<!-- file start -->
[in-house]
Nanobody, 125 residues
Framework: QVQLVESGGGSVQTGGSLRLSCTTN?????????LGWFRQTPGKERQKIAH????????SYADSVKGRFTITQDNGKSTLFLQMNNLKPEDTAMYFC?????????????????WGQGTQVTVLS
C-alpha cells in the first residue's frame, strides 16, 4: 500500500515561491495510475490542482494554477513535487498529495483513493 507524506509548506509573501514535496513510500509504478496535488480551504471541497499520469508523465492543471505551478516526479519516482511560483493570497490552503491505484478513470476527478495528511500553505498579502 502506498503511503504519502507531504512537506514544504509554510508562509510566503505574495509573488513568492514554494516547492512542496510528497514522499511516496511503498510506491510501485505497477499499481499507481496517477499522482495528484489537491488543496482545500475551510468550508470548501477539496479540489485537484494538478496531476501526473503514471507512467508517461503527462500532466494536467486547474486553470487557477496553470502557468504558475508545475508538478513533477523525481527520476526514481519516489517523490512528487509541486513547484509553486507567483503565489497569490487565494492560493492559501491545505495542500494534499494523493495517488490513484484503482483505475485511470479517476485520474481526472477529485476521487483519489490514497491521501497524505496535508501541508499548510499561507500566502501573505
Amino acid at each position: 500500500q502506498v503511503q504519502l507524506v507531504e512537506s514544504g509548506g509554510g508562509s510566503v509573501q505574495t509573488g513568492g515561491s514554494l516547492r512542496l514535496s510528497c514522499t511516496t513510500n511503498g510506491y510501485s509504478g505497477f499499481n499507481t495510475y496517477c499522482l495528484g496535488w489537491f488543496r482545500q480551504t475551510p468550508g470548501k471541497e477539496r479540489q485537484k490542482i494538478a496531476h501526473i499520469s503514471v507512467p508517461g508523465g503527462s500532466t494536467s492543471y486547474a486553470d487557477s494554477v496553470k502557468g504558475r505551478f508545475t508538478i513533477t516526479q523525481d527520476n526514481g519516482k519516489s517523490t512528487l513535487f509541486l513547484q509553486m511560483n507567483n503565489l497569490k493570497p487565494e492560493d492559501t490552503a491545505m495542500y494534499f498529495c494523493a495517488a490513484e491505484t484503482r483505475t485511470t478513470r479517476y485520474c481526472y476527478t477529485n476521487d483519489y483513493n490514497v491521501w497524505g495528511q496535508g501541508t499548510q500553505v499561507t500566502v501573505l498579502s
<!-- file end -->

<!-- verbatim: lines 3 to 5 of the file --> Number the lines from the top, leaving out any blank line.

Framework: QVQLVESGGGSVQTGGSLRLSCTTN?????????LGWFRQTPGKERQKIAH????????SYADSVKGRFTITQDNGKSTLFLQMNNLKPEDTAMYFC?????????????????WGQGTQVTVLS
C-alpha cells in the first residue's frame, strides 16, 4: 500500500515561491495510475490542482494554477513535487498529495483513493 507524506509548506509573501514535496513510500509504478496535488480551504471541497499520469508523465492543471505551478516526479519516482511560483493570497490552503491505484478513470476527478495528511500553505498579502 502506498503511503504519502507531504512537506514544504509554510508562509510566503505574495509573488513568492514554494516547492512542496510528497514522499511516496511503498510506491510501485505497477499499481499507481496517477499522482495528484489537491488543496482545500475551510468550508470548501477539496479540489485537484494538478496531476501526473503514471507512467508517461503527462500532466494536467486547474486553470487557477496553470502557468504558475508545475508538478513533477523525481527520476526514481519516489517523490512528487509541486513547484509553486507567483503565489497569490487565494492560493492559501491545505495542500494534499494523493495517488490513484484503482483505475485511470479517476485520474481526472477529485476521487483519489490514497491521501497524505496535508501541508499548510499561507500566502501573505
Amino acid at each position: 500500500q502506498v503511503q504519502l507524506v507531504e512537506s514544504g509548506g509554510g508562509s510566503v509573501q505574495t509573488g513568492g515561491s514554494l516547492r512542496l514535496s510528497c514522499t511516496t513510500n511503498g510506491y510501485s509504478g505497477f499499481n499507481t495510475y496517477c499522482l495528484g496535488w489537491f488543496r482545500q480551504t475551510p468550508g470548501k471541497e477539496r479540489q485537484k490542482i494538478a496531476h501526473i499520469s503514471v507512467p508517461g508523465g503527462s500532466t494536467s492543471y486547474a486553470d487557477s494554477v496553470k502557468g504558475r505551478f508545475t508538478i513533477t516526479q523525481d527520476n526514481g519516482k519516489s517523490t512528487l513535487f509541486l513547484q509553486m511560483n507567483n503565489l497569490k493570497p487565494e492560493d492559501t490552503a491545505m495542500y494534499f498529495c494523493a495517488a490513484e491505484t484503482r483505475t485511470t478513470r479517476y485520474c481526472y476527478t477529485n476521487d483519489y483513493n490514497v491521501w497524505g495528511q496535508g501541508t499548510q500553505v499561507t500566502v501573505l498579502s